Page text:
The introduction of the corona measures has a far-reaching impact on many companies and individuals. In this context, the question arises, among others from the construction sector, about the consequences of the fact that the initial agreements between parties can no longer be complied with. Can the contracting parties invoke force majeure or can they be required to fulfil their contractual obligations anyway?
If a contract has been concluded between the parties, it is crucial to read it. What was stipulated with regard to force majeure situations? In many cases, the contract or general terms and conditions state what, if any, is considered force majeure and/or what is explicitly excluded from the definition of force majeure. The consequences of no longer being able to comply with the contractual obligations are also often provided for.
If there is no contract or if you cannot rely on general terms and conditions, you will have to fall back on what the Civil Code provides in this regard. If the situation lends itself, one can possibly appeal to force majeure or the doctrine of unforeseen circumstances.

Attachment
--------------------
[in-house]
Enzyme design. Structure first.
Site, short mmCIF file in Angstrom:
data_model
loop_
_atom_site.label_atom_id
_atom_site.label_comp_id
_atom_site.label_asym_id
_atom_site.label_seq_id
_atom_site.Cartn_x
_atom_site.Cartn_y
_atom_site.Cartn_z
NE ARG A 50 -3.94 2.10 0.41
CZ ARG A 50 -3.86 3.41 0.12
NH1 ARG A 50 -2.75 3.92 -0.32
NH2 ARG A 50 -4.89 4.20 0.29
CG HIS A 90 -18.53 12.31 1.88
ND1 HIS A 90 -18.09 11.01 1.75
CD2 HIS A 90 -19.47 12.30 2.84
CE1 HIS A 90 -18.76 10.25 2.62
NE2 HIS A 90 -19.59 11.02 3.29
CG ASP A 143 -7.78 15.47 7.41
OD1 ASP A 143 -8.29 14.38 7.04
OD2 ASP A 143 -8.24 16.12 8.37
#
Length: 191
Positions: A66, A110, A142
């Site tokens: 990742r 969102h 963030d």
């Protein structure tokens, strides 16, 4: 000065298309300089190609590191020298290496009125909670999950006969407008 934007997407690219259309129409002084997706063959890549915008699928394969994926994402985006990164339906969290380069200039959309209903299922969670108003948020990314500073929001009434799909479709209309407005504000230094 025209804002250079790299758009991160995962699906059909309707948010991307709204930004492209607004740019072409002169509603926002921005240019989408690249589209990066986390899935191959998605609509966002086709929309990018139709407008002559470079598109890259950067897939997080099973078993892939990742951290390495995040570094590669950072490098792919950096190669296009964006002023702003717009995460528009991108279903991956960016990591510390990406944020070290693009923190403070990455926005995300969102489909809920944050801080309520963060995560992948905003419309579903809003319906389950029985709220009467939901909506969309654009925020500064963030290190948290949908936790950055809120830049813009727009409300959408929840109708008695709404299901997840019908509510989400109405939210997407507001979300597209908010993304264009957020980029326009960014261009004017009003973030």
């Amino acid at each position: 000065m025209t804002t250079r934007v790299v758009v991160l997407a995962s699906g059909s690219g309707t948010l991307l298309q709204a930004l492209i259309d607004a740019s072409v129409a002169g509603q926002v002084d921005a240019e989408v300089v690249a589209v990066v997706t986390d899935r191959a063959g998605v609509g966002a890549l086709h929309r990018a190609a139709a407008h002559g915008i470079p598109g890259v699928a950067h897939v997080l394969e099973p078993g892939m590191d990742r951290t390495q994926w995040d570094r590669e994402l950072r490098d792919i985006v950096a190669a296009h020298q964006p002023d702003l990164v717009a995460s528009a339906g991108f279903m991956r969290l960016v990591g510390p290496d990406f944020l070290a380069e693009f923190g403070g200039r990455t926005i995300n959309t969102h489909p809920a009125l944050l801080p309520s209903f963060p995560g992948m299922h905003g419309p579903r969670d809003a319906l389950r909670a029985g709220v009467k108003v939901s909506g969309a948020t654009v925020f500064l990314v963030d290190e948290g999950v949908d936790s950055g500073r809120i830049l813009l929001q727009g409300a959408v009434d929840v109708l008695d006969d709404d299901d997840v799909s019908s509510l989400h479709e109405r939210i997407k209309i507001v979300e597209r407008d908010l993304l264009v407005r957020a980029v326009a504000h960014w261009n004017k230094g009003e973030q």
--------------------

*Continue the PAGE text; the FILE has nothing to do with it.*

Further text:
Agreement or no agreement, it remains important for the contracting party to submit the necessary evidence to demonstrate that he will not be able to meet his obligations or that he will not be able to meet them under the same conditions. If you cannot comply with the agreements made because of the corona measures, make sure that you inform the other party promptly and correctly. If you are the party who is told that your contractor will not be able to comply with the agreements made, you may also demand that proof of the force majeure/unforeseen circumstance be provided.
Regardless of which side of the argument you are on, it is still important to be reasonable and understanding of the other party. Reaching an agreement that is acceptable to both parties is what should be strived for. If you would like to know how best to go about this, feel free to contact one of our specialists.